Vendor Perception of the SaaS Platform Landscape
We’ve written quite a bit here about Salesforce’s Apex… and, admittedly, we’ve taken a somewhat critical stance on it. Questions of identity crisis and ambiguity have boiled down to “Is it a SaaS platform, or a CRM platform? Is there a difference, and does it really matter what they call it as long as it is what I need?” Frankly, I don’t think Salesforce has done a clear enough job defining what it is, and what it isn’t. If I simply relied on their homepage description of Apex: “A ground-breaking platform for customizing and integrating CRM, as well as developing and deploying brand-new applications, ” I might chalk this up to semantics – but understanding how the Apex technology stack works, one gets a better understanding of how closely tied it is to the Salesforce.com application codebase. This satisfies part one of their description – but the growth of Apex as a SaaS platform vs. CRM platform will rely heavily on how far it can deviate from the Salesforce.com application. This, of course, remains to be seen.
As SaaSBlogs and pretty much the rest of the SaaS blogging community (SaaSWeek, Phil Wainewright, Jeff Kaplan, among many others) took note of last week, Opsource announced the Optimal OnDemand 2.0 SaaS Platform. Opsource really caught our attention with this one because of the way Optimal OnDemand 2.0 seems to quell some of our contentions with Salesforce’s Apex platform concept and other ‘niche’ platform concepts to date. Opsource’s core competencies have been in the hosting infrastructure and provisioning realm, but with OOD2.0 they are introducing value adds further up the stack that fulfill SaaS hosting requirements (read: vendor pain points). It’s a tremendous boon to the notion that to build robust SaaS applications, vendors will rely on platforms that provide general purpose technological and business value rather than platforms with a bent towards a particular vertical market or spawned from an application codebase.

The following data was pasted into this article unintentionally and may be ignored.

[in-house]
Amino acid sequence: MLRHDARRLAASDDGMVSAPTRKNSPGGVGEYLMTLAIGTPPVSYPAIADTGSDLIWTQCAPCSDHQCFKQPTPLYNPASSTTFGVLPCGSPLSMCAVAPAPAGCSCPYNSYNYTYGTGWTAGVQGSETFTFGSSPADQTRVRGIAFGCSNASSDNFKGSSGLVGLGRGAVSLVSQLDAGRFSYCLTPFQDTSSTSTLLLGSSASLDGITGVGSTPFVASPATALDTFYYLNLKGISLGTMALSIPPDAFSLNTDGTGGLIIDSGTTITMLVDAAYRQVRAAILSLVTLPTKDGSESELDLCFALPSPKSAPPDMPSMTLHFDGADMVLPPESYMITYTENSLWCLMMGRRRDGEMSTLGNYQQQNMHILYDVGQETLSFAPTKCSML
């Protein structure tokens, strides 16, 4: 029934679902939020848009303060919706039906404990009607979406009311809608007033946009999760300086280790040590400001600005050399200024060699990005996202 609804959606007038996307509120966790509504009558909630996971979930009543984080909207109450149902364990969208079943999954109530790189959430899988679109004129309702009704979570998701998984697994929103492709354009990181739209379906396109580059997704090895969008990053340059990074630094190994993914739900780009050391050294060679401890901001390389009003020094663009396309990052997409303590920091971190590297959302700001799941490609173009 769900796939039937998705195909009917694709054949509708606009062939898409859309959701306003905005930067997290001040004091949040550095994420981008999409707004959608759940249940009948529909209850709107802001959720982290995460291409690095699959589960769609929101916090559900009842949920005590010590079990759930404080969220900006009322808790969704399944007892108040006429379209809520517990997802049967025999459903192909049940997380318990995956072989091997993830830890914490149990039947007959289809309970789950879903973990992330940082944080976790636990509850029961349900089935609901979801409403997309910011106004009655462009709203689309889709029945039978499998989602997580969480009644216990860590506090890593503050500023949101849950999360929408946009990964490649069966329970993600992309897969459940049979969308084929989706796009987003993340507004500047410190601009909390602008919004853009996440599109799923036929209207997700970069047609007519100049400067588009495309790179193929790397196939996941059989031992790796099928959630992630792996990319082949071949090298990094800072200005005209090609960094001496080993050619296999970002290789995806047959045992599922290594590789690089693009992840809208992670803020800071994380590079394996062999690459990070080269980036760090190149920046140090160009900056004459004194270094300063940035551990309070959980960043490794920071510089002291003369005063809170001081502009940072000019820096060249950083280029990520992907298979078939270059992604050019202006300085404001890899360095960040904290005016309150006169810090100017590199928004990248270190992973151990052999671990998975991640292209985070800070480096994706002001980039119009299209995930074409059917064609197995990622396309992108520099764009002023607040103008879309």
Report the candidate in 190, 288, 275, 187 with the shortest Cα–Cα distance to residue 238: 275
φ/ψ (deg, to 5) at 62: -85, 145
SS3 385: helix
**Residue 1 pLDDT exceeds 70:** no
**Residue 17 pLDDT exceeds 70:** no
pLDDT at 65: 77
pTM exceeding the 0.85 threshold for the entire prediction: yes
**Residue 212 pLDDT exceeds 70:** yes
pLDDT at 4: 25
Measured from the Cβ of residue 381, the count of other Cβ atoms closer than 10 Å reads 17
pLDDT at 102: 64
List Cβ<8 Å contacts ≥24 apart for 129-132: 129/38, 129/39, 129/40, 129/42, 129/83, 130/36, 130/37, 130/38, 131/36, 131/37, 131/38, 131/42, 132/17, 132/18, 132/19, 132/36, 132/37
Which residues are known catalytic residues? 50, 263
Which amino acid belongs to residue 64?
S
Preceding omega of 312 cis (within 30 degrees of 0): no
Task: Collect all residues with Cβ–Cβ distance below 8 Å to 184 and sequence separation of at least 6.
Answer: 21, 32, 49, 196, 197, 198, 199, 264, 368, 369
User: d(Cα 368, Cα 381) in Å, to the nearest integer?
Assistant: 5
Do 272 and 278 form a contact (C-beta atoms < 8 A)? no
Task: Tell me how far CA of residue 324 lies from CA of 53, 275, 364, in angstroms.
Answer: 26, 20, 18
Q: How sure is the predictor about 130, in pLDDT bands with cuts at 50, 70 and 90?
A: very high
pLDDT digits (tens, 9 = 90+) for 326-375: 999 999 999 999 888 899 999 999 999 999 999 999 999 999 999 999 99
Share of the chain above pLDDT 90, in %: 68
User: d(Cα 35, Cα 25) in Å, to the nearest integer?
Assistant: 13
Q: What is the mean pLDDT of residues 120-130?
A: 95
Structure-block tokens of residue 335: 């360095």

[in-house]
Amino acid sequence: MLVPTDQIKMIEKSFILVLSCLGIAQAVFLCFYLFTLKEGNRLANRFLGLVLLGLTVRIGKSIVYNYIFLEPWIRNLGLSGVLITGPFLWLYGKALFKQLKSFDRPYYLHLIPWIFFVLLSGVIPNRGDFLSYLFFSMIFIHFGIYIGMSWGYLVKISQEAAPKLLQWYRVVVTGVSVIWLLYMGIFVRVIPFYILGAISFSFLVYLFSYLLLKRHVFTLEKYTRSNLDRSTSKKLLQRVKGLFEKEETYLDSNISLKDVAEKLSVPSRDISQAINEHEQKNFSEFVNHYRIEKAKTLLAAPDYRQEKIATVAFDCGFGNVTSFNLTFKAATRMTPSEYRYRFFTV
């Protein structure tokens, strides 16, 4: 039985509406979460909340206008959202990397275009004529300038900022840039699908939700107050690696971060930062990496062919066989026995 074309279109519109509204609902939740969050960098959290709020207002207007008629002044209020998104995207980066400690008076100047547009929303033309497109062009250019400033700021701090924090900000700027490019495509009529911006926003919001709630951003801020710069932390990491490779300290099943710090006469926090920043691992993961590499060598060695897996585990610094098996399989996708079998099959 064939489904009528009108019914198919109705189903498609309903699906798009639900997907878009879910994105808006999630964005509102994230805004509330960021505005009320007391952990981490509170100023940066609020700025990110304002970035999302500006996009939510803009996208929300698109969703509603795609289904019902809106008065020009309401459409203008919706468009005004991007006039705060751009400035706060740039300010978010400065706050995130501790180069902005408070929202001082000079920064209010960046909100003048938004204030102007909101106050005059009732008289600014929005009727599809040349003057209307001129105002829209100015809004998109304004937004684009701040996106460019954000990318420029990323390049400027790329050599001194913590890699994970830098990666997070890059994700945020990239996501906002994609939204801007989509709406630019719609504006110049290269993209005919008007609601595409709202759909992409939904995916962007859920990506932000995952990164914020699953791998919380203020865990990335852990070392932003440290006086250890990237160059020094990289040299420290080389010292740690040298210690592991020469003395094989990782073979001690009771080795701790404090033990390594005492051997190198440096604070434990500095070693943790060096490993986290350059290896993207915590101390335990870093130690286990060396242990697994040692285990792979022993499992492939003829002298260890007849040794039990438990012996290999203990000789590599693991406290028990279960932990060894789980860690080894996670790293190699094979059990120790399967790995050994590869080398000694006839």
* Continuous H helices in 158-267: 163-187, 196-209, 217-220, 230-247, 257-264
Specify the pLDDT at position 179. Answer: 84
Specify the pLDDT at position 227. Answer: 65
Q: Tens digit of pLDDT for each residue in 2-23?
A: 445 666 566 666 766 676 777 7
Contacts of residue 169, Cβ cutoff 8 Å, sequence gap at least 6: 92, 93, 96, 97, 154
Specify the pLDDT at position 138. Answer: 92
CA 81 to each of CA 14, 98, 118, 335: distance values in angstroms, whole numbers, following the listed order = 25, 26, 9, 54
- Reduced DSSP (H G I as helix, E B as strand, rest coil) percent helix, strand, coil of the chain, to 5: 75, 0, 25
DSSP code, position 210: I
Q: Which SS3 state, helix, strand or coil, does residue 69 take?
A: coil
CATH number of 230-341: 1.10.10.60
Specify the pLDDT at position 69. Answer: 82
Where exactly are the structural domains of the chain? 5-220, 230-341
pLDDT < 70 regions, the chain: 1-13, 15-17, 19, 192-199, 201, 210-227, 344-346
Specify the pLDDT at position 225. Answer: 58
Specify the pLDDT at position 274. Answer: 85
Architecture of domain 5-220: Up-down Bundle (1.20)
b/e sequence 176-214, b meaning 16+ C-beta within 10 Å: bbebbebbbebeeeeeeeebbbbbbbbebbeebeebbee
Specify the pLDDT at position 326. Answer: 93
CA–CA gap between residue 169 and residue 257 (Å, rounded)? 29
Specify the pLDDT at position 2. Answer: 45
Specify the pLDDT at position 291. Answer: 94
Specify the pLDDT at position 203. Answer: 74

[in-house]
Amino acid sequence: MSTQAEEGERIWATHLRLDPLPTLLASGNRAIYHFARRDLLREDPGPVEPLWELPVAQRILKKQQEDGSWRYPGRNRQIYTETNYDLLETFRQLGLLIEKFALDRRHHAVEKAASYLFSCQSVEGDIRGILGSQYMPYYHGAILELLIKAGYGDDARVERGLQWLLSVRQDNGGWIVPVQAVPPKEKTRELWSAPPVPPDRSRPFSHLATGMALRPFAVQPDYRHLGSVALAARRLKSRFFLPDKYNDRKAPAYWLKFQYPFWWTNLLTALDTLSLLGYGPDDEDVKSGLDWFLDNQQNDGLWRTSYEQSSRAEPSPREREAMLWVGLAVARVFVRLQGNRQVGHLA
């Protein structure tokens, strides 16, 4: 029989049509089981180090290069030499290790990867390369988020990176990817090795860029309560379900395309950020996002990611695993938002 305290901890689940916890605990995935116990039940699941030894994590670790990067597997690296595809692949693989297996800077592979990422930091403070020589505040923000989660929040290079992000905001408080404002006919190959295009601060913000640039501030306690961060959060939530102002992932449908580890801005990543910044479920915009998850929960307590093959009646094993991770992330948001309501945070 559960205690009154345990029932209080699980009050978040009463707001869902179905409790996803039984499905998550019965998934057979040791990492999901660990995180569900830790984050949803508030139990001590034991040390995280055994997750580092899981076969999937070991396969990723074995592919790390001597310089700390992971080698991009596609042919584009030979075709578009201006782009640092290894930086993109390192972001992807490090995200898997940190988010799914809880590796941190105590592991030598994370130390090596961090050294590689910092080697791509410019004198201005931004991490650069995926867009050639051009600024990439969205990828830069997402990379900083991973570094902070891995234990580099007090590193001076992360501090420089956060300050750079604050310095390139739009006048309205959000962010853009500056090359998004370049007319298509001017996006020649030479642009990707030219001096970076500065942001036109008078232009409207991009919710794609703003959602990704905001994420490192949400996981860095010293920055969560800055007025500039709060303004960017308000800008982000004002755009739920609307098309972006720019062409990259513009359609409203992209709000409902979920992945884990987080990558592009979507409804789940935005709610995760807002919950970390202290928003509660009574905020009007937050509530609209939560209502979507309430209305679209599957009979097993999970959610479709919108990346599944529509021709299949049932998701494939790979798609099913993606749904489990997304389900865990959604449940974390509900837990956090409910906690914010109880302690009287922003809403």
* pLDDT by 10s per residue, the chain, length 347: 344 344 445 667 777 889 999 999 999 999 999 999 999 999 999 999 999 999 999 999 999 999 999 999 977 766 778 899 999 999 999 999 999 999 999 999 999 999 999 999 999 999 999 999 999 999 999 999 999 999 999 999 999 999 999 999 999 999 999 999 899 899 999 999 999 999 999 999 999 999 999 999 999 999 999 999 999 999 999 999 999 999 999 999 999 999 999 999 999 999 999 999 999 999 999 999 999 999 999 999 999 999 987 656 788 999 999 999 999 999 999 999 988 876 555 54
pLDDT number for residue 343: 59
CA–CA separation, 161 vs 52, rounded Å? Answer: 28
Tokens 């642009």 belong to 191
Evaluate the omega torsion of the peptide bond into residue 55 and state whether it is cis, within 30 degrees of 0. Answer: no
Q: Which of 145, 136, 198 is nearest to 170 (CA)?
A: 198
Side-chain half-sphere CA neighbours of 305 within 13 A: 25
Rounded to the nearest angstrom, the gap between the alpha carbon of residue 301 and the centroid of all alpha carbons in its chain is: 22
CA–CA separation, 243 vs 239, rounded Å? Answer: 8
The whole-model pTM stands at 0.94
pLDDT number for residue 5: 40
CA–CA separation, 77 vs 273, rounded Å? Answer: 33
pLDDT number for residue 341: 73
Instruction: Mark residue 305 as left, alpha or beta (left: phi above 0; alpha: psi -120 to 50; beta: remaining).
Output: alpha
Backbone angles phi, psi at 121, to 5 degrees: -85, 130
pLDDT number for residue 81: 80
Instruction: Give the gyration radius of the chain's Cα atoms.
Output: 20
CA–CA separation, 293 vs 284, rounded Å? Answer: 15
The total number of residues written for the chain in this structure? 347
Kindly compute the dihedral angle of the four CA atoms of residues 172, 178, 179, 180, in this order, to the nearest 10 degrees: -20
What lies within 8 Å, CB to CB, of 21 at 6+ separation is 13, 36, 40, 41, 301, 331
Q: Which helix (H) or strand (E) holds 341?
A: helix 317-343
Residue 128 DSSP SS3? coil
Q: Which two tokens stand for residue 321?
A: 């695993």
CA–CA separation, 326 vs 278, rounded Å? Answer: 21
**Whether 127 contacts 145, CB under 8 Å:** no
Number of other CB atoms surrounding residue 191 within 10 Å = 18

The introduction of OOD2.0 is big not only because of its impact, or dent, in relative size to the landscape of SaaS platform offerings, but because of how much it contributes to the growth of the landscape in terms of overall value. Given that the landscape is, at least for now, shaped by a veritable combination of niche platforms and newer large scope general purpose platforms such as Opsource’s OOD2.0 and Apprenda’s platform offering - which type of platform has more perceived value to the ISV? For instance, if I aim to build a project management application, should I utilize a proprietary hosting platform that offers a toolset strategically designed for project management applications (perhaps even built from one) but is limiting in terms of scope? Or do I want to host my application on a general purpose platform that provides multiple tenets of SaaS as a base but does not intend to provide toolsets for strategy-related aspects of the application?
A better question at this stage is whether not this type of question is perceived as one of semantics or of real technical merit. If you’re currently building a SaaS application, or simply doing research for a future project, I’m interested in learning where your search has taken you across the unfolding landscape, and where you’ve seen the most value in terms of SaaS platform offerings.